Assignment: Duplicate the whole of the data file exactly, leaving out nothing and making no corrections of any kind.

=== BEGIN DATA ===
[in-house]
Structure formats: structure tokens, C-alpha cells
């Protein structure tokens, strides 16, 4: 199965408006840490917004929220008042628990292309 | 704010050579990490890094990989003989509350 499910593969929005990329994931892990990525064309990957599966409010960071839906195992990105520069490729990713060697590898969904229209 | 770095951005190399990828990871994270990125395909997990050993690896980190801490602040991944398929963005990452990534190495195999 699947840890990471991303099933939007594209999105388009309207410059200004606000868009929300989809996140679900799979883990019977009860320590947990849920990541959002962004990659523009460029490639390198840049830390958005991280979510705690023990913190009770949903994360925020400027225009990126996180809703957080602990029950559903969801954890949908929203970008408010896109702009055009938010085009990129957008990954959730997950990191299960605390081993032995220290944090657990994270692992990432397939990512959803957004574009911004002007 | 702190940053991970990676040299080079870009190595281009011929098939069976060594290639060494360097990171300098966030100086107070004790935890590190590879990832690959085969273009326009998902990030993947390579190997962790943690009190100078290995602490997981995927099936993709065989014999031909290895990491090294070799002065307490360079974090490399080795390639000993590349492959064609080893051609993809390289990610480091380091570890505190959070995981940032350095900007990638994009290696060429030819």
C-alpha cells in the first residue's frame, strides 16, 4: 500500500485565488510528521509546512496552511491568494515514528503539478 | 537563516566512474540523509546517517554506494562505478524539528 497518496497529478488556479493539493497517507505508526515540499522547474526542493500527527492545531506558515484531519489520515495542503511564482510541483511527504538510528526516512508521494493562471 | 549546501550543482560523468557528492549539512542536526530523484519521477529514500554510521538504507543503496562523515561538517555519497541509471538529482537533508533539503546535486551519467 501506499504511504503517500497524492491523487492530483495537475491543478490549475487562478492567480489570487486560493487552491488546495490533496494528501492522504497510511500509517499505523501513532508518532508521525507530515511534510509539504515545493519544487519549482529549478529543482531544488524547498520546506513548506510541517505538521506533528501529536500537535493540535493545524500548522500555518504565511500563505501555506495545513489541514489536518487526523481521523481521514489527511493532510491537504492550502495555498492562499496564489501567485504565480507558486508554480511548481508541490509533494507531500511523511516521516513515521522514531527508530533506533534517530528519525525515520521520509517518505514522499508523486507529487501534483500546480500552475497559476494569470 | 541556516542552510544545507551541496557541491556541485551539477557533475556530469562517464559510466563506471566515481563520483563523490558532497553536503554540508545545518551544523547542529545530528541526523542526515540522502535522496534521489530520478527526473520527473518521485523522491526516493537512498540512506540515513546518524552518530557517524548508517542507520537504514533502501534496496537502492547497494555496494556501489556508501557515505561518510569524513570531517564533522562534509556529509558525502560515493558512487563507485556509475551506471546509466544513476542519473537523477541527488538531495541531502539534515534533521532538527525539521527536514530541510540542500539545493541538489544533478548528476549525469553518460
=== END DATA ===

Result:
[in-house]
Structure formats: structure tokens, C-alpha cells
């Protein structure tokens, strides 16, 4: 199965408006840490917004929220008042628990292309 | 704010050579990490890094990989003989509350 499910593969929005990329994931892990990525064309990957599966409010960071839906195992990105520069490729990713060697590898969904229209 | 770095951005190399990828990871994270990125395909997990050993690896980190801490602040991944398929963005990452990534190495195999 699947840890990471991303099933939007594209999105388009309207410059200004606000868009929300989809996140679900799979883990019977009860320590947990849920990541959002962004990659523009460029490639390198840049830390958005991280979510705690023990913190009770949903994360925020400027225009990126996180809703957080602990029950559903969801954890949908929203970008408010896109702009055009938010085009990129957008990954959730997950990191299960605390081993032995220290944090657990994270692992990432397939990512959803957004574009911004002007 | 702190940053991970990676040299080079870009190595281009011929098939069976060594290639060494360097990171300098966030100086107070004790935890590190590879990832690959085969273009326009998902990030993947390579190997962790943690009190100078290995602490997981995927099936993709065989014999031909290895990491090294070799002065307490360079974090490399080795390639000993590349492959064609080893051609993809390289990610480091380091570890505190959070995981940032350095900007990638994009290696060429030819």
C-alpha cells in the first residue's frame, strides 16, 4: 500500500485565488510528521509546512496552511491568494515514528503539478 | 537563516566512474540523509546517517554506494562505478524539528 497518496497529478488556479493539493497517507505508526515540499522547474526542493500527527492545531506558515484531519489520515495542503511564482510541483511527504538510528526516512508521494493562471 | 549546501550543482560523468557528492549539512542536526530523484519521477529514500554510521538504507543503496562523515561538517555519497541509471538529482537533508533539503546535486551519467 501506499504511504503517500497524492491523487492530483495537475491543478490549475487562478492567480489570487486560493487552491488546495490533496494528501492522504497510511500509517499505523501513532508518532508521525507530515511534510509539504515545493519544487519549482529549478529543482531544488524547498520546506513548506510541517505538521506533528501529536500537535493540535493545524500548522500555518504565511500563505501555506495545513489541514489536518487526523481521523481521514489527511493532510491537504492550502495555498492562499496564489501567485504565480507558486508554480511548481508541490509533494507531500511523511516521516513515521522514531527508530533506533534517530528519525525515520521520509517518505514522499508523486507529487501534483500546480500552475497559476494569470 | 541556516542552510544545507551541496557541491556541485551539477557533475556530469562517464559510466563506471566515481563520483563523490558532497553536503554540508545545518551544523547542529545530528541526523542526515540522502535522496534521489530520478527526473520527473518521485523522491526516493537512498540512506540515513546518524552518530557517524548508517542507520537504514533502501534496496537502492547497494555496494556501489556508501557515505561518510569524513570531517564533522562534509556529509558525502560515493558512487563507485556509475551506471546509466544513476542519473537523477541527488538531495541531502539534515534533521532538527525539521527536514530541510540542500539545493541538489544533478548528476549525469553518460